NEW WINDSOR - New Windsor residents will get an opportunity to comment on the proposed town budget for Fiscal Year 2013 June 13 after the New Windsor Town Council voted to introduce the budget Wednesday night.
The general fund budget is balanced at $630,450, a 4.5 percent increase over the current year's budget, and is based on the current town tax rate of 20 cents per $100 of assessed value of property. The enterprise fund, which covers the town water and sewer system, is budgeted at $771,600, a 9.6 percent increase over the current budget, but Town Manager Frank Schaeffer said that budget could change once the town hears back from the Maryland Department of the Environment on how the town's loan from MDE will be restructured.
The town announced April 16 that it had received a $2 million grant that was built into the state capital budget that was passed by the 2012 Maryland General Assembly. Schaeffer said it is still uncertain how the MDE will restructure the town's payment plan for the $3.9 million loan the town has through MDE for its new wastewater treatment plant, but in his estimates, the town's annual loan payment to MDE should be reduced from $206,000 to $100,000.
Once the town gets more information on how the loan will be restructured due to the grant, the town will adjust the sewer rates, Schaeffer said. However, since that might not happen until several months into the start of FY13, he has left the sewer rates at the levels previously determined by the town council.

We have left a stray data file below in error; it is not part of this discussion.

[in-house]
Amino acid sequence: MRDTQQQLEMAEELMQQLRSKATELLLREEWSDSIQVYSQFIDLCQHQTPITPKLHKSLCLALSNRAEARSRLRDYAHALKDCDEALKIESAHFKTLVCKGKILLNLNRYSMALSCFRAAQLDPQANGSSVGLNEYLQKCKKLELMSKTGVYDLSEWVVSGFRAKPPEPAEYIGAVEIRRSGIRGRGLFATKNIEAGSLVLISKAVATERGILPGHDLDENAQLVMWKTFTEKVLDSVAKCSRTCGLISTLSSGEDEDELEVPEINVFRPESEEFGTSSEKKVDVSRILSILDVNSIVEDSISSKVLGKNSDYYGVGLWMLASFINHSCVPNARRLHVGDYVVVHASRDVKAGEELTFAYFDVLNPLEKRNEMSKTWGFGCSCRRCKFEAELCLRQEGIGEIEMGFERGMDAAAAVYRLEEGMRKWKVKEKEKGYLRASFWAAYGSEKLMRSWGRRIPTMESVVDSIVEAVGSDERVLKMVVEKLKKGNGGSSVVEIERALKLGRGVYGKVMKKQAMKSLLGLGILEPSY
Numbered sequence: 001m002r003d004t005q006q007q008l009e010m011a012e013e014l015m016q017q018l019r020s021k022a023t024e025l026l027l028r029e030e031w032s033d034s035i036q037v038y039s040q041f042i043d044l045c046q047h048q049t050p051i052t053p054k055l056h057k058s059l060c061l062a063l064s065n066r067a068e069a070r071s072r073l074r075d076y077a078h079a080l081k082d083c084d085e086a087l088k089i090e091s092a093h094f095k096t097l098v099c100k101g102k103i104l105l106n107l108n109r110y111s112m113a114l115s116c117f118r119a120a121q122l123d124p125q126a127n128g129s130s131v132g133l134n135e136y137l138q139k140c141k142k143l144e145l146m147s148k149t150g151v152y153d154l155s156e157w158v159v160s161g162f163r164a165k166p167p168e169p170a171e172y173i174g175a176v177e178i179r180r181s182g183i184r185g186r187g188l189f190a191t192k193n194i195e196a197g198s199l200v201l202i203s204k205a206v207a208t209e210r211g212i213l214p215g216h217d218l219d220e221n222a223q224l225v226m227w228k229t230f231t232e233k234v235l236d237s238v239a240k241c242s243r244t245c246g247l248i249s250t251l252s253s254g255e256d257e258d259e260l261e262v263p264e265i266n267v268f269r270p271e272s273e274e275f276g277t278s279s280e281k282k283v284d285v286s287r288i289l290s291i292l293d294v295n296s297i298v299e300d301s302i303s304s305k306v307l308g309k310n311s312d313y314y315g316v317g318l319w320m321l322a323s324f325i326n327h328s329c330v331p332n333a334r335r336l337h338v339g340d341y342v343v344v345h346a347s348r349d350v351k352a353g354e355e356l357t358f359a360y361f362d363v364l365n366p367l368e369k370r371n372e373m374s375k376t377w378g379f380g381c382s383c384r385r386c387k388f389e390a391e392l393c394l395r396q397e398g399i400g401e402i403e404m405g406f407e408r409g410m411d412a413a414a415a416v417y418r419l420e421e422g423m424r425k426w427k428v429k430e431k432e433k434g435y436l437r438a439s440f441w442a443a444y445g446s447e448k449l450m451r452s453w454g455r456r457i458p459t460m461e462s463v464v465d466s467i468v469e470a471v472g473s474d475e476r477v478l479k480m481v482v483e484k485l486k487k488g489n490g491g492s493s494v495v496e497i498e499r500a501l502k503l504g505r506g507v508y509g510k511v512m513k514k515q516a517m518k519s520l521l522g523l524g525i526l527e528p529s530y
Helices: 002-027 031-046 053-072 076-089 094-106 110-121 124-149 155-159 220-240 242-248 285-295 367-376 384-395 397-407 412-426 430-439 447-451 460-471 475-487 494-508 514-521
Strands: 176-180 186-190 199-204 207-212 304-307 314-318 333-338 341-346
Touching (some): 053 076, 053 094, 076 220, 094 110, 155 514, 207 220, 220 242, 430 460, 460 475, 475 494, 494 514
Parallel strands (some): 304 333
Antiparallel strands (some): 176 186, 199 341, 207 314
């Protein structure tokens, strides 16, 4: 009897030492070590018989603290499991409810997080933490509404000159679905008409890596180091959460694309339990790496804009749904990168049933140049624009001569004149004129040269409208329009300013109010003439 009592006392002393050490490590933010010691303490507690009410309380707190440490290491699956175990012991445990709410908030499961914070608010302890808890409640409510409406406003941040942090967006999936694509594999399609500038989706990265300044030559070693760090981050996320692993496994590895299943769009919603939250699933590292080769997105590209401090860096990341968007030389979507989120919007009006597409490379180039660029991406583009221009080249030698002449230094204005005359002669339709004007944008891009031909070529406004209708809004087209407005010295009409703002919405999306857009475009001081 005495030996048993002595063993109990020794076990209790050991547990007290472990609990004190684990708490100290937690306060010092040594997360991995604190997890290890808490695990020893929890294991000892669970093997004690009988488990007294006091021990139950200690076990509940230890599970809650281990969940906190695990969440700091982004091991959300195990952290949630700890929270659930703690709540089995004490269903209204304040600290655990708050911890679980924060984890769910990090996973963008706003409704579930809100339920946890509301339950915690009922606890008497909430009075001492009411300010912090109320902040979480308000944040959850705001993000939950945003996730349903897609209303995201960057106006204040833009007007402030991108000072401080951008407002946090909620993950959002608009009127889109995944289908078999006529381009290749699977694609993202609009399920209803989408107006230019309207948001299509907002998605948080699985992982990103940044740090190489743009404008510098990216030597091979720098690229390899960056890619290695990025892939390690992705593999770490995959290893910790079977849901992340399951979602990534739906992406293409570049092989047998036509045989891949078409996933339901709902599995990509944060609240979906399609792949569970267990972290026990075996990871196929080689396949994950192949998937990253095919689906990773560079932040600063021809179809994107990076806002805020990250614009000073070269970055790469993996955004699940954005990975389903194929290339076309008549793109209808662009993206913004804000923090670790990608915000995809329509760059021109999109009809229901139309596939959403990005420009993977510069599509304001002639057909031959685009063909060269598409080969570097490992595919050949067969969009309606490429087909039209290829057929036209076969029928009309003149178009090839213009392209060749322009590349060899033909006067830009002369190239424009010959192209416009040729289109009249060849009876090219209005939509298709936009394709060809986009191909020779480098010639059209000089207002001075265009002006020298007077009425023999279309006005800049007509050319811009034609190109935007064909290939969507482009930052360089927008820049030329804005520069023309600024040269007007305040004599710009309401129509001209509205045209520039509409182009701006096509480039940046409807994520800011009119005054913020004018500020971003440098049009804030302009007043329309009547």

The mayor and town council will continue to discuss the budget, including the capital budget, at its May 21 public work session, Schaeffer said. The public hearing will be at the next town council meeting, which was moved from the first Wednesday of the month to the second to avoid a conflict with the New Windsor fire carnival, which runs the first week of June.
The June 13 meeting will be held in the meeting room at the New Windsor fire hall instead of the Community Meeting Room at the Carroll County Public Library Headquarters due to a scheduling conflict for that space.
Also at Wednesday's meeting, resident Alex Cruickshank spoke at the meeting in support of the town's resident deputy, saying that he was concerned that some other residents have suggested cutting the position in an effort to save money.
"One of the reasons New Windsor is safe is because Deputy Mark [Tausen] prevents crime," he said.
Cruickshank said that having a specific officer who works with the town leads to witnesses being more willing to come forward, residents being more willing to talk to him and a more visible police presence in the community.
"To pay what we pay for police protection is a pittance," he said. "It's a minimum requirement of police protection."
Mayor Neal Roop said he agreed with Cruickshank, saying that the town would rather look for other places to make cuts in order to keep its resident deputy.
"Mark has put in too much effort, too much time, to be at the point where we are today," he said. "I don't think we need to go backwards."
In other town news, Roop thanked the town staff and residents who came out Saturday for the Spring Clean-Up day in town. Thirty people participated, he said, including volunteers from the New Windsor Fire Company Juniors, the Lions Club, town staff and residents from all parts of town.
"Hopefully that was the first annual [clean-up day] and we'll have one again next year," Roop said.
Schaeffer reminded residents that yard waste collection has started and will be available on the first and third Tuesday over every month. Residents must have their yard waste to the curb by 8 a.m. or they may miss the pick-up, he said. Waste should be in paper bags or containers that be picked up and dumped, weighing less than 40 pounds. Materials in plastic bags will not be accepted, he said, because Northern Landfill does not accept materials in plastic bags.
For more information, call Town Hall at 410-635-6575.